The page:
User Reviews

This IS The '80's. Guy Chapman (2001) 5 Stars5 Stars5 Stars5 Stars5 Stars

Our Users Say

Category Description User Score
Gameplay How well the game mechanics work (player controls, game action, interface, etc.) 3.8
Graphics The quality of the art, or the quality/speed of the drawing routines 3.8
Personal Slant How much you personally like the game, regardless of other attributes 4.2
Sound / Music The quality of the sound effects and/or music composition 3.9
Overall User Score (19 votes) 3.9

Critic Reviews

MobyRanks are listed below. You can read here for more information about MobyRank.
Overall I must say I'm very impressed with the way the Anthology turned out. I was expecting a simple compilation of games I already had that wasn't going to hold my interest. Thankfully I was proven wrong. A few minor emulation bugs aside, it's fun to play these games to see what I can unlock and if I can earn a patch. However I find my interest waning after unlocking just about everything, although some of play modes keep it fresh. At $30 I'd say buy this even if you own all the games (like I do), if only for the commercials and those cute 80's tunes. Now if only they'd make another Anthology with those long lost unreleased games we keep hearing about...
Next Level Gaming (Jan 21, 2003)
Even without the ability to save your high scores, Activision Anthology remains an awesome game for the 25+ crowd of gamers out there. You simply won't find a more enjoyable collection of classic titles. And, oh yeah, did I mention it's only $29.99? If you grew up playing the Atari 2600 like I did, this should definitely be a must-add to your PS2 collection.
Netjak (Mar 04, 2004)
Activision Anthology is a great package to pick up for any old-school gamer, or anyone else who wants a window into the origins of console games. With a ton of great games that still hold up to today’s standards, as well as all the extras and the little touches that show that Anthology was lovingly crafted as opposed to hastily slapped together, as many similar collections tend to be, it’s hard to find any reason not to recommend it. Given the low price tag ($20 as of this writing), Activision Anthology is the perfect game to pick up for a rainy day, or even a sunny one.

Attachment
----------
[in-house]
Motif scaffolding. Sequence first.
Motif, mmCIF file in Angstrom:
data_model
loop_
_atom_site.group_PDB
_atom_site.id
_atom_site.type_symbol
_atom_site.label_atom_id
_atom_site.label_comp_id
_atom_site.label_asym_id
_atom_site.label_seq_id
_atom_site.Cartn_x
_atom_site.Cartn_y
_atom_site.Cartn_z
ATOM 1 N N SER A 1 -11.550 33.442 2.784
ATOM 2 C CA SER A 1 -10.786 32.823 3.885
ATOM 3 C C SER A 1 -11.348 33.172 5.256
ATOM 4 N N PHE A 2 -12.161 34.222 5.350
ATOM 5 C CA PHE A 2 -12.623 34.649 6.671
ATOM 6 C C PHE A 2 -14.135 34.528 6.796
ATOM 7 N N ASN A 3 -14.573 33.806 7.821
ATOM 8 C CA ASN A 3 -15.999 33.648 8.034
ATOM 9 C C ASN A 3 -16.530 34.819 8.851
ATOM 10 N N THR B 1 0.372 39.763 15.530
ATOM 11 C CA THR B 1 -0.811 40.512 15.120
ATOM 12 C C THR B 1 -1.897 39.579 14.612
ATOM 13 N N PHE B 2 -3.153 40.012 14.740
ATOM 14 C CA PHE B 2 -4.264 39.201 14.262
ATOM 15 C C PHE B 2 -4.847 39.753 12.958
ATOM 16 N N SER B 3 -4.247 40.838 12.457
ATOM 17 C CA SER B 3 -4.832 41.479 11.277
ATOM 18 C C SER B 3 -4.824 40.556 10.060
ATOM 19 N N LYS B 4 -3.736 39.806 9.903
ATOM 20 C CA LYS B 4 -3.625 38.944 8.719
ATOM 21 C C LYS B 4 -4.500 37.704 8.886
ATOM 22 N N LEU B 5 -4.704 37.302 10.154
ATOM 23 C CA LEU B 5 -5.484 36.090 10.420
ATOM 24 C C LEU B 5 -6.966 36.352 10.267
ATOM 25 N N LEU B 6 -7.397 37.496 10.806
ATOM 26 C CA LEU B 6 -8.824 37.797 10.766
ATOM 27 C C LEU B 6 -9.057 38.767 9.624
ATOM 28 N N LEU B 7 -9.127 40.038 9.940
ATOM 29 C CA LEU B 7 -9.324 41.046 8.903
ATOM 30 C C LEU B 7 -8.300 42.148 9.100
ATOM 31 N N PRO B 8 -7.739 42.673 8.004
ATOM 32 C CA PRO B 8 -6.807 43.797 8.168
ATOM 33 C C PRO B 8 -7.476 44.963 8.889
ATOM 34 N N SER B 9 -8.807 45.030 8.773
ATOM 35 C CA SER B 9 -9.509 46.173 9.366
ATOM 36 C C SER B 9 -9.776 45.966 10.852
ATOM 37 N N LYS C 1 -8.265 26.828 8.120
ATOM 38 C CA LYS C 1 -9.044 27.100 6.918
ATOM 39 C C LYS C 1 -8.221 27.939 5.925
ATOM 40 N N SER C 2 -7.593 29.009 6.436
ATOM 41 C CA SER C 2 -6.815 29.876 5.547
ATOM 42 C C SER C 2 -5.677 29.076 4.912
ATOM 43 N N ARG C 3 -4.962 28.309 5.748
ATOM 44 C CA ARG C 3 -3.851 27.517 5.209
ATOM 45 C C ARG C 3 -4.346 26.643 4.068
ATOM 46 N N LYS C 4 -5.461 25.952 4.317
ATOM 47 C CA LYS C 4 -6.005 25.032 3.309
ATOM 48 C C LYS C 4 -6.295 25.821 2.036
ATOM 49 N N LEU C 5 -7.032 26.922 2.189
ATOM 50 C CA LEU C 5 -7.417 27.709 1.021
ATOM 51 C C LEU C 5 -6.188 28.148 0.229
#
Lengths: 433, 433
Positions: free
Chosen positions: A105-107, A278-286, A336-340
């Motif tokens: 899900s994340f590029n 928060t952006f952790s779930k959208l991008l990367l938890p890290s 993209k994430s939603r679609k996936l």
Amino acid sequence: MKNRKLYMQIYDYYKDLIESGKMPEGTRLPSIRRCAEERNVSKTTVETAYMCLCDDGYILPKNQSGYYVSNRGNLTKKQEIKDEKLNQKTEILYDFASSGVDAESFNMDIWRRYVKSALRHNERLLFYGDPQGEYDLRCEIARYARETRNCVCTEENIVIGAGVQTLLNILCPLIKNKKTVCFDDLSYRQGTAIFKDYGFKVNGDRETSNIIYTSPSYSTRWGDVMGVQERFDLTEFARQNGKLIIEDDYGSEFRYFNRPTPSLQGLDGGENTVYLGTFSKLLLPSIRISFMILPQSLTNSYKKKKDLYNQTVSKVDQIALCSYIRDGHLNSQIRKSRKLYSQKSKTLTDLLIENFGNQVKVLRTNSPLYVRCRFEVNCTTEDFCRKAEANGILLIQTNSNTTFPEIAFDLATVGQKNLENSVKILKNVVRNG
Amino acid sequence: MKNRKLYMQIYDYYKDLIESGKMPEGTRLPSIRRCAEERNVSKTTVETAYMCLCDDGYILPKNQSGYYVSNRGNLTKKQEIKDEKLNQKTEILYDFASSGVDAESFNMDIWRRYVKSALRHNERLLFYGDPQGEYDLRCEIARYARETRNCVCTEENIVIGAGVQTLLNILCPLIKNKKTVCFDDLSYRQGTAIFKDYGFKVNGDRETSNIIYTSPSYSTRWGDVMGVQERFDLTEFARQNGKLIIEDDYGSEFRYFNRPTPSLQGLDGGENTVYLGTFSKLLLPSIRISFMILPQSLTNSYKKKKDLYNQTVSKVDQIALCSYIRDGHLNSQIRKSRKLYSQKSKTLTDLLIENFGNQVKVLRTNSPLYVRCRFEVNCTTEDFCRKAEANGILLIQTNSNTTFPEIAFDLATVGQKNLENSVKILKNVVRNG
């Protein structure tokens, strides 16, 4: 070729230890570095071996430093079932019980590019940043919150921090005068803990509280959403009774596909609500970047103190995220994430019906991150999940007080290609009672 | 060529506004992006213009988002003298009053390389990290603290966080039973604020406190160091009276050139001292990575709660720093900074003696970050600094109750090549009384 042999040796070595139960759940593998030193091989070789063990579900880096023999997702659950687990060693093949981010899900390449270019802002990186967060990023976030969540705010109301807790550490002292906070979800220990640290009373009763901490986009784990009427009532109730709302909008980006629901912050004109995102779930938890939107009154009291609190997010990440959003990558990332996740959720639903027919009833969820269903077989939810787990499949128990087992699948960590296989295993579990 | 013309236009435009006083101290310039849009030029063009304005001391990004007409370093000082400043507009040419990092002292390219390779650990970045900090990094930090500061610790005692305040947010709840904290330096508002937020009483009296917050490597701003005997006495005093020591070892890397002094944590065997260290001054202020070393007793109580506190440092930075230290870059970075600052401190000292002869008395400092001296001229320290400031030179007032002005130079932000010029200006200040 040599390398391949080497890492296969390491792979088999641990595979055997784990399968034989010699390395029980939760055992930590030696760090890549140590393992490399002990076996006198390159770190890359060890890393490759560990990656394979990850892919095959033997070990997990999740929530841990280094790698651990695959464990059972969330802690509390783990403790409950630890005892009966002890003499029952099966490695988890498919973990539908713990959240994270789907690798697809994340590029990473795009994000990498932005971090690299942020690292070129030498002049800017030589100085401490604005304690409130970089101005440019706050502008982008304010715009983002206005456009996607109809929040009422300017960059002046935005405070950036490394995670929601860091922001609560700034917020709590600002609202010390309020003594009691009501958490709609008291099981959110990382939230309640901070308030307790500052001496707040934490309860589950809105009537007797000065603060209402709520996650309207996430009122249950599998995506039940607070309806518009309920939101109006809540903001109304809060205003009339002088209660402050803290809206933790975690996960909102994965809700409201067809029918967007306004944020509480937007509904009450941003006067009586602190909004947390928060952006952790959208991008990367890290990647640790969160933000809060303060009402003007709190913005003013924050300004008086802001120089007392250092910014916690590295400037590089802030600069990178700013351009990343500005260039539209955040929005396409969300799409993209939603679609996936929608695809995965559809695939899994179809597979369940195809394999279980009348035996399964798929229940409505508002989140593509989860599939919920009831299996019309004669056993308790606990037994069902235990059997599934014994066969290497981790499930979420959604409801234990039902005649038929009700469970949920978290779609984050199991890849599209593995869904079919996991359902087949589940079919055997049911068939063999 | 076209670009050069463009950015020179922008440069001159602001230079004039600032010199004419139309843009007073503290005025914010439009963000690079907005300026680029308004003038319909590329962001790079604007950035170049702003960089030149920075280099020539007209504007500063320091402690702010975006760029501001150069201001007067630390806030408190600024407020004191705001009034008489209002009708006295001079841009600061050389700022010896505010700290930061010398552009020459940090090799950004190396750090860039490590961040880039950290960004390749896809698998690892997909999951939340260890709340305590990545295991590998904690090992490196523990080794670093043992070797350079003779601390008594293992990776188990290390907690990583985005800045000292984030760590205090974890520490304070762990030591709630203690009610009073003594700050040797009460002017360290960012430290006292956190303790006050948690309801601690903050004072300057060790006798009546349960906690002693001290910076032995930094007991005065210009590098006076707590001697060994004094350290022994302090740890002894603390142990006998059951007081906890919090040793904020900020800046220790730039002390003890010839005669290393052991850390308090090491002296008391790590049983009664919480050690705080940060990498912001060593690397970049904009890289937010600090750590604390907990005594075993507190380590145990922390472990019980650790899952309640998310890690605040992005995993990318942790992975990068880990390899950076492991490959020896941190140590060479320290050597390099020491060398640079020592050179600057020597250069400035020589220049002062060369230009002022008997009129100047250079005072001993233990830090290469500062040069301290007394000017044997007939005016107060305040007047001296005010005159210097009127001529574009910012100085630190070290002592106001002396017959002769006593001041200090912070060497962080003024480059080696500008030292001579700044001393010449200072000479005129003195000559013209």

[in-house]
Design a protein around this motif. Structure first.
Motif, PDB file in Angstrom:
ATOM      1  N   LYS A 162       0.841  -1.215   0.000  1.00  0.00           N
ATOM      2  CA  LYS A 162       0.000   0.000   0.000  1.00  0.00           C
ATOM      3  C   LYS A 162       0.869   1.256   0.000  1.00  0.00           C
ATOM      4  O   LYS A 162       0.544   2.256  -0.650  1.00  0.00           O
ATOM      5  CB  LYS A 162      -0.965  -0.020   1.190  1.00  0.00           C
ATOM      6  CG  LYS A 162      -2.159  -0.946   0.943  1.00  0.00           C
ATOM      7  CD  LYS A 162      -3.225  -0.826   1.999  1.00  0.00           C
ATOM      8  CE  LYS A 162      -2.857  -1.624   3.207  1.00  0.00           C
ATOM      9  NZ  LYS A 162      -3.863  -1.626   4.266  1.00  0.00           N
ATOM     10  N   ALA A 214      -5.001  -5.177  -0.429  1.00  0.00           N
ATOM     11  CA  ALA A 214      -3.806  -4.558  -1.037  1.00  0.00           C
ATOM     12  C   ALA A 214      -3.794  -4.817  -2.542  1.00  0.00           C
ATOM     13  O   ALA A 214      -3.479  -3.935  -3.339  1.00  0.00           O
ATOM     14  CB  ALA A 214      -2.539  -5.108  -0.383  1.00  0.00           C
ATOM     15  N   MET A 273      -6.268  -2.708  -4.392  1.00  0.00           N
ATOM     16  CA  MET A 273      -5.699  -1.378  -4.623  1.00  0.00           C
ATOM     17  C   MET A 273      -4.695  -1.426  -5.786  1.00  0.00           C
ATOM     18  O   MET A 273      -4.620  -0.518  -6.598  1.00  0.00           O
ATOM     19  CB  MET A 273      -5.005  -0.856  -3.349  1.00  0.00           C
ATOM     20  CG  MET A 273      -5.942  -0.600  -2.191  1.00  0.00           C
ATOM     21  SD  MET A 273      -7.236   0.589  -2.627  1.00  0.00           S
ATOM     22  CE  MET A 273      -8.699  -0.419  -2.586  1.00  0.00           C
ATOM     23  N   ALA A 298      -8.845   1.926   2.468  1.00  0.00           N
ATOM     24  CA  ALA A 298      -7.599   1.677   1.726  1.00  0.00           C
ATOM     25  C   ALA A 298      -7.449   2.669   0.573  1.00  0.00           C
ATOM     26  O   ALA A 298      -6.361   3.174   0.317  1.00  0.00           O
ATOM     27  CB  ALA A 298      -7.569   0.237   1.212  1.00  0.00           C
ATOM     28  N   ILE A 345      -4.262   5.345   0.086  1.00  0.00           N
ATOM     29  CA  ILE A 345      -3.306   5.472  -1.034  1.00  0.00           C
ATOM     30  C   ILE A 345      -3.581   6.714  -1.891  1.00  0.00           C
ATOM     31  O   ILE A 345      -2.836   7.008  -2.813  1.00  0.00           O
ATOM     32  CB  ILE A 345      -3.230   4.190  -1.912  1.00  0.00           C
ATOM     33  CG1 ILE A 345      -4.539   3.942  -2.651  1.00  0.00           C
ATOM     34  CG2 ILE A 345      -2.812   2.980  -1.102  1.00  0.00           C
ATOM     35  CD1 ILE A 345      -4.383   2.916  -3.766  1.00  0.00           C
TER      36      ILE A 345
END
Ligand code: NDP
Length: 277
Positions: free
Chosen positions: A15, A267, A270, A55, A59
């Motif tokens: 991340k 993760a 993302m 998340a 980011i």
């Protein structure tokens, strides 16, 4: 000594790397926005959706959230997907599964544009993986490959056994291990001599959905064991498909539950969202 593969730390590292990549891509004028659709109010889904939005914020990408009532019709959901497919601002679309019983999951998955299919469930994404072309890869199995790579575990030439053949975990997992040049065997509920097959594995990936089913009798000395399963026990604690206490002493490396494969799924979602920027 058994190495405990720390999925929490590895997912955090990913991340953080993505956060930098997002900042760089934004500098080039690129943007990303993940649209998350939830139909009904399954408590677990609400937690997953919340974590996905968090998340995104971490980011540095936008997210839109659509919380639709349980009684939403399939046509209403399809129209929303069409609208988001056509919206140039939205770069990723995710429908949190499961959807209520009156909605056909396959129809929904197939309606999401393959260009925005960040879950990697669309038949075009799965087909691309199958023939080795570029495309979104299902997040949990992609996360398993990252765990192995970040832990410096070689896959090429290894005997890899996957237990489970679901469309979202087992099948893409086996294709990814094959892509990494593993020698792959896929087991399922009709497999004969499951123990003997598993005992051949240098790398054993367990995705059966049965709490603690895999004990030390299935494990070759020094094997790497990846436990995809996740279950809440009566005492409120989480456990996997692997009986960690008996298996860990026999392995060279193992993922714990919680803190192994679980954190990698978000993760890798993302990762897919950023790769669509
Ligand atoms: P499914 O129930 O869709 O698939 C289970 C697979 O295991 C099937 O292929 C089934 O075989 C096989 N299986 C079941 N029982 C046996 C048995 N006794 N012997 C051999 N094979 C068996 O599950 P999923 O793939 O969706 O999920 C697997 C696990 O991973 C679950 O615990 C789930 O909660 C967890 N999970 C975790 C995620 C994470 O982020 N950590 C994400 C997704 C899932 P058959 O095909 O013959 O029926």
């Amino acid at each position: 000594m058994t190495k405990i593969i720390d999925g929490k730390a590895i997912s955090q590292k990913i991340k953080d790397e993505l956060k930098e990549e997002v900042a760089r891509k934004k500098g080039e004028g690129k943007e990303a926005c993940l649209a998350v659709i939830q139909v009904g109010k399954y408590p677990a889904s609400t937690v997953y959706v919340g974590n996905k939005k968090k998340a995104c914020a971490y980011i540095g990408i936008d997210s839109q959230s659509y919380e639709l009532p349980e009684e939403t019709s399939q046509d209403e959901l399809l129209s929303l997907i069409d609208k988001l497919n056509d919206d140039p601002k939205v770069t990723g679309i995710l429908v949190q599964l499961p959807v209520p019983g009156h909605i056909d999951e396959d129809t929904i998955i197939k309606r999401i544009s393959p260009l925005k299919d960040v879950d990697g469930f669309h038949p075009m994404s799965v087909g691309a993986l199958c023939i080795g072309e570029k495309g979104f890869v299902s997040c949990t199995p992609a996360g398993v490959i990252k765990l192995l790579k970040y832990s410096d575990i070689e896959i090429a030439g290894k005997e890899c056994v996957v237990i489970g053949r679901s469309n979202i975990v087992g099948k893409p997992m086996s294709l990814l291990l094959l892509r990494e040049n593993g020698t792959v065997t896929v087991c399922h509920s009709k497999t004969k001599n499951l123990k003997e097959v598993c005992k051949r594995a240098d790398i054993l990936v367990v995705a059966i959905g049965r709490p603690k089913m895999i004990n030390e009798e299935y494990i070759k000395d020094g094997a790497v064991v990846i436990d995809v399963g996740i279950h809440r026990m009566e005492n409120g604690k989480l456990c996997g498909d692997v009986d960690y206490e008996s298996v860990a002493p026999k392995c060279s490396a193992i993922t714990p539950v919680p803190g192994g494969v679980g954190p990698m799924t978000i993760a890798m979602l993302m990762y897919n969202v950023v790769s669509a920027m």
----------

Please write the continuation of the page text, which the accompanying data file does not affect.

Gaming Target (Jan 15, 2003)
Two games that never left the prototype stage also made it onto this compilation: Kabobber and Thwocker. Both fun games, and both worthy of this collection. There are even bonus gameplay modes that to be honest don't do much of anything for me. They're really just there to make the screen harder to see and to recreate another favorite 80s pasttime, the acid trip.
IGN (Nov 21, 2002)
We'd be lying if we said that that Activision Anthology hasn't been the main source of our videogaming pleasure over the last couple of weeks. A true walk down memory lane, and the most cleverly built multi-game collection we've ever seen, its certainly worth whatever money your local retailer is asking for it (which as of press time was clocking in somewhere around the thirty dollar mark). Occasional control issues aside (damn you evil reset button!), there's a guaranteed party just about every instance you fire this disc up.
If you have any memory of the Atari 2600 era, you owe it to yourself to relive those memories with this game. If you have never seen the humble beginnings of console gaming but are curious, you owe it to yourself to get this game. Nobody but the most ardent of graphics-based gamers could play this game without coming away from it entertained. The conclusion is simple: if you are a true gamer, you should get this game.
HonestGamers (Jan 31, 2004)
And there are others. Many others, classics you may have already played such as Keystone Capers and Pitfall, others that are odd but too hard to resist, games like Plaque Attack. While I can't imagine any of these games keeping gamers glued to their televisions for more than a day or two back when I was learning to add one and one, there's a certain appeal to a good number of them that remains tangible to this day. These are the titles that made everything we experience today possible, the ones that have been played thousands upon thousands of hours by many of the people still involved in the industry. If you dismiss this lovingly crafted collection the next time you see it in the bargain bin, I hope it's because you're busy banging your head against a brick wall.
All in all, this is a fabulous title that everyone who ever played an Atari 2600 needs to add to his or her collection. You’ll see why the game industry is still doing so well when you see this piece of the foundation it was built on.
GameDaily (Dec 14, 2006)
It would probably be a big hassle to go out and buy an Atari 2600 nowadays, especially when you consider that you have to hook up the system with an ages-old TV switch box. Well, the folks at Aspyr and Activision have brought the next best thing with the GBA release of Activision Anthology, which brings together a heaping amount of classic Atari 2600 games into one slick little package. It isn't as smoothed over as the PS2 edition, but what's here is still a great package for the handheld system that'll guarantee hours of old-school fun.